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Thursday, July 28, 2011

Solar water heaters being promoted in Western Cape South Africa


South Africa’s ‘green economy’, which is estimated to be worth R45-billion in the short term, offers significant potential for economic growth and job creation, Western Cape Finance, Economic Development and Tourism Minister Alan Winde said on Tuesday.
Winde was speaking at a GreenCape Initiative event hosted by Nedbank to look at energy efficiency funding options for solar water heaters and heat pumps.
The GreenCape Initiative is a vehicle established by the Western Cape provincial government and the City of Cape Town to unlock manufacturing and employment potential in the ‘green economy’ in the province.
Winde said that the Western Cape government is looking at policy changes to encourage solar water heater and heat pump fitments in homes. Options being considered were to pursue a policy requiring new housing developments to use only solar water heaters or heat pumps and to make it mandatory for existing high consumption users to retrofit similar energy saving devices.
The Western Cape government has set a target that 15% of the province’s energy should come from renewable sources by 2014. Swift action is required to achieve the target, Winde said, adding that national government processes, most notably confusion around the renewable energy feed-in tariff, were holding back renewable energy development.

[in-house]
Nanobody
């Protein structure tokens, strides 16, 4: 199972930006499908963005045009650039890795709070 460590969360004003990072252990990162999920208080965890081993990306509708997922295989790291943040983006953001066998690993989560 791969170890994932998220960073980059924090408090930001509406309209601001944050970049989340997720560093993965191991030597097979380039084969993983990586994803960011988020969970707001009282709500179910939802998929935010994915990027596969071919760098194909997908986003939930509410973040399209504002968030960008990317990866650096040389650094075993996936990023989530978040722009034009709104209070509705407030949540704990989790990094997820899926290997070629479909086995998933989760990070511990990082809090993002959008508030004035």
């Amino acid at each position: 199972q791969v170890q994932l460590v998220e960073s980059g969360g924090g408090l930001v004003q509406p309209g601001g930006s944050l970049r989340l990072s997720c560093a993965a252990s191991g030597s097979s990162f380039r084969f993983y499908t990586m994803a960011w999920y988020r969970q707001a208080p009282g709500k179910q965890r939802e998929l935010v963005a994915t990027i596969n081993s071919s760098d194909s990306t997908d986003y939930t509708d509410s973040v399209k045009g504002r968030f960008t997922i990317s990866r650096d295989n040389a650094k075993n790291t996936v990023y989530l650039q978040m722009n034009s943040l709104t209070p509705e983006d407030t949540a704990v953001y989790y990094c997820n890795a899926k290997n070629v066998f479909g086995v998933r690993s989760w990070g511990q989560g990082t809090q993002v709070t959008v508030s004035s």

The GreenCape Initiative is trying to identify areas that were slowing progress in adoption of renewable energy solutions, such as in the case of solar water heaters and heat pumps. In support of this, Winde said the Western Cape government would launch ‘Red Tape to Red Carpet’ on August 4. This initiative, which falls under the Cape Chamber of Commerce, would identify problematic legislation and policies stalling economic growth and preventing industry from creating job opportunities. The Western Cape government would then work towards either removing these ‘blockages’ or justifying the need for the existing policies to industry and advising as to how they could work successfully within the current frameworks.
At the GreenCape Initiative event, Nedbank staff also presented the bank’s funding options for solar water heaters and heat pumps for both individual consumers and installers, which were criticised by some attending the question and answer session after the presentations.
A central criticism was that through its insurance arm, Nedbank has an opportunity to provide finance for replacement solar water heaters and heat pumps, but currently the financing process for the higher cost installations was too slow and clients were reverting to electrical geysers because the replacement time was faster.
Hilton Vos of the Nedbank small business services division welcomed the criticism, saying it provided information for proposals that could be taken to the Nedbank head office and used in the development of new products aimed at funding renewable energy projects.

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